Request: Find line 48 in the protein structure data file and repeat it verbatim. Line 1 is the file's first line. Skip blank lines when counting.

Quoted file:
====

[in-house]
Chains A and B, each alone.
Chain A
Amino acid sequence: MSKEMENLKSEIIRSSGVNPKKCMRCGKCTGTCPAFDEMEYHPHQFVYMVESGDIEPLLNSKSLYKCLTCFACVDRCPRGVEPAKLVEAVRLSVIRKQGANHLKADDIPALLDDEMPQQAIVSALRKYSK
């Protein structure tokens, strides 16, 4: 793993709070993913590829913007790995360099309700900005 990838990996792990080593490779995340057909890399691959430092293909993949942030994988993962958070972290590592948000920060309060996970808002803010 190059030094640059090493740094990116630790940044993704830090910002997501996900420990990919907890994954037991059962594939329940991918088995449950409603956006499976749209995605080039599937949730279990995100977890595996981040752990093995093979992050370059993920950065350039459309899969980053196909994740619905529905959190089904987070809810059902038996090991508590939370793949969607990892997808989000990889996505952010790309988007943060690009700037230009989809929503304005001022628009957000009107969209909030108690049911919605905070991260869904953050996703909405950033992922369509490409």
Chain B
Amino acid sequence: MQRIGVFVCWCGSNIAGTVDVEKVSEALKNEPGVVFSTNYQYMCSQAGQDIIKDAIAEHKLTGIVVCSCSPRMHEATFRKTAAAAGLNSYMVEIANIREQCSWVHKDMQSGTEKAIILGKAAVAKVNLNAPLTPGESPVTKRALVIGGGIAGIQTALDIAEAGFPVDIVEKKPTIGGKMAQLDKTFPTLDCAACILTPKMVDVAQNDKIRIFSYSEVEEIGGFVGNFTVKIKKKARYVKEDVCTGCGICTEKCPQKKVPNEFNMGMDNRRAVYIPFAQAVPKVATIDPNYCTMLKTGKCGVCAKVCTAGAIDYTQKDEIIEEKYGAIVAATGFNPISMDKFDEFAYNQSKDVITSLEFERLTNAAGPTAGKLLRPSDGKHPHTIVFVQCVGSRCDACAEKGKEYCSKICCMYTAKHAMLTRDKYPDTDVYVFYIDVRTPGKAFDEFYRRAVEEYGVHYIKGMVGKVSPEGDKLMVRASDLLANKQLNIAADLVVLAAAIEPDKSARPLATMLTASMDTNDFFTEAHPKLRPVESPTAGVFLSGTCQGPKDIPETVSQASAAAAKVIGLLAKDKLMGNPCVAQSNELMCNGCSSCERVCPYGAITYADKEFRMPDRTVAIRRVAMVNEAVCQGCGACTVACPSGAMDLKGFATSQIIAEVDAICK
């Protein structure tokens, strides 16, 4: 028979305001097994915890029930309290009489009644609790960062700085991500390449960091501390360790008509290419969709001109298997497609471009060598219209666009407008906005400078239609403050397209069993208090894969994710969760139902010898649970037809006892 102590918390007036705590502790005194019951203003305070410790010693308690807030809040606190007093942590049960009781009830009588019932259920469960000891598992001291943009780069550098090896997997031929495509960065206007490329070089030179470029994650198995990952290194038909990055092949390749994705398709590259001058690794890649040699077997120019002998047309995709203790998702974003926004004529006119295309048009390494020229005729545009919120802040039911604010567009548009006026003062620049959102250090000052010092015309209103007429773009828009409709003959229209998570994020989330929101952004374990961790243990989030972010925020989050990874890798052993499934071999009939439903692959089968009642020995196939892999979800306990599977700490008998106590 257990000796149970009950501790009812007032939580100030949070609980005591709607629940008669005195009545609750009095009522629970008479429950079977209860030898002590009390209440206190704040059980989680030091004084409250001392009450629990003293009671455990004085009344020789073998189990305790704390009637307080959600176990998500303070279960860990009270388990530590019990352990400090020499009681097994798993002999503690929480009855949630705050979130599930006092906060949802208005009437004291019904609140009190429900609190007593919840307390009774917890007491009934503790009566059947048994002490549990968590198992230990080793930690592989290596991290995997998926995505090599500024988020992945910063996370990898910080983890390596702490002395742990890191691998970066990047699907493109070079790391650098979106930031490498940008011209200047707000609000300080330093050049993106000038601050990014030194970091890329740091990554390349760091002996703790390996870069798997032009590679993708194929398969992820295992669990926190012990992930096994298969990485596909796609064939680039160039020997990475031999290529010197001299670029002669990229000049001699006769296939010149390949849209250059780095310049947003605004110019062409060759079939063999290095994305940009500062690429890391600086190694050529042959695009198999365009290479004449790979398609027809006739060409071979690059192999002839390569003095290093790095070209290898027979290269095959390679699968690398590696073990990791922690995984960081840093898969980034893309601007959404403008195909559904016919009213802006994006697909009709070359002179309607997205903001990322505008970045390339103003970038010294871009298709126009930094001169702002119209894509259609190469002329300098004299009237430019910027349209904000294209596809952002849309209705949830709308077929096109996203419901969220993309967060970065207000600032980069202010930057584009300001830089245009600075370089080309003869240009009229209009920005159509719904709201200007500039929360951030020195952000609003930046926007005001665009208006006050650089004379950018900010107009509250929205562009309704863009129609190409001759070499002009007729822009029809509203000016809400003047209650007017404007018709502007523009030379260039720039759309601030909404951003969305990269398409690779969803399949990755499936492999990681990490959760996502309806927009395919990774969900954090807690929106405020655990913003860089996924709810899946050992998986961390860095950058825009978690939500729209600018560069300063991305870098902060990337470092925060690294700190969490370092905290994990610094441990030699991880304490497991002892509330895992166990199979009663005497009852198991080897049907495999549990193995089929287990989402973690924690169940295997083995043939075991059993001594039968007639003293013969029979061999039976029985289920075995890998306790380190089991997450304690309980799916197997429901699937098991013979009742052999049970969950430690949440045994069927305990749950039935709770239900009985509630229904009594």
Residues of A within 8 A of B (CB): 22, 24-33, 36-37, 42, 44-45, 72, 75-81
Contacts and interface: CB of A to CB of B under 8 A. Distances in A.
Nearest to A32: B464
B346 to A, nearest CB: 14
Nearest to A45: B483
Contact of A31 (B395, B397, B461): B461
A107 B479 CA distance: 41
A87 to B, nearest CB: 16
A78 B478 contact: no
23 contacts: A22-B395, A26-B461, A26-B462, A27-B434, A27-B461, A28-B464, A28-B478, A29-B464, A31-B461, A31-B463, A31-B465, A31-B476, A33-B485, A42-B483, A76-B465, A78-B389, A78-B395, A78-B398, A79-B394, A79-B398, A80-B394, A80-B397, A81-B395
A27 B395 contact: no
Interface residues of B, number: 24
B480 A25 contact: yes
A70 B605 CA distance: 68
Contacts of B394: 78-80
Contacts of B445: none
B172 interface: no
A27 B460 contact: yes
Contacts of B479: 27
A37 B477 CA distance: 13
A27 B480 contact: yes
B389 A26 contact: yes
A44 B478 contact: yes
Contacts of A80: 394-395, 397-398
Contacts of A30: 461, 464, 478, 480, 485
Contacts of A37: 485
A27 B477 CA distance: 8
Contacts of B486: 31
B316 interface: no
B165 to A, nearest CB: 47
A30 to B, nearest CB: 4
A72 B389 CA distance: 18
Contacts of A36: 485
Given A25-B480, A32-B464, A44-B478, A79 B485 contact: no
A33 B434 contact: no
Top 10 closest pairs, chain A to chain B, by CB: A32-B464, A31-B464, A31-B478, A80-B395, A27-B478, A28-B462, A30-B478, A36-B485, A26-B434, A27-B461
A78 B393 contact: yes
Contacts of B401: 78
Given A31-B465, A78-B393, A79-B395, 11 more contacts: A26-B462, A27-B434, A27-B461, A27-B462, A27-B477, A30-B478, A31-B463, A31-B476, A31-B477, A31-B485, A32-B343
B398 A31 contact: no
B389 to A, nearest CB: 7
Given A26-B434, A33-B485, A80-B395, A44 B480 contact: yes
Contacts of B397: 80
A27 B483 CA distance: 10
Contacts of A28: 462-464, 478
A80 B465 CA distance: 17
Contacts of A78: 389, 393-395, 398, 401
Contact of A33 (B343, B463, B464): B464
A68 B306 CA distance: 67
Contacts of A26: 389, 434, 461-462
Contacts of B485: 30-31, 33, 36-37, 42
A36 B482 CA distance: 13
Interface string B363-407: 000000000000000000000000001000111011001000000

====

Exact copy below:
B398 A31 contact: no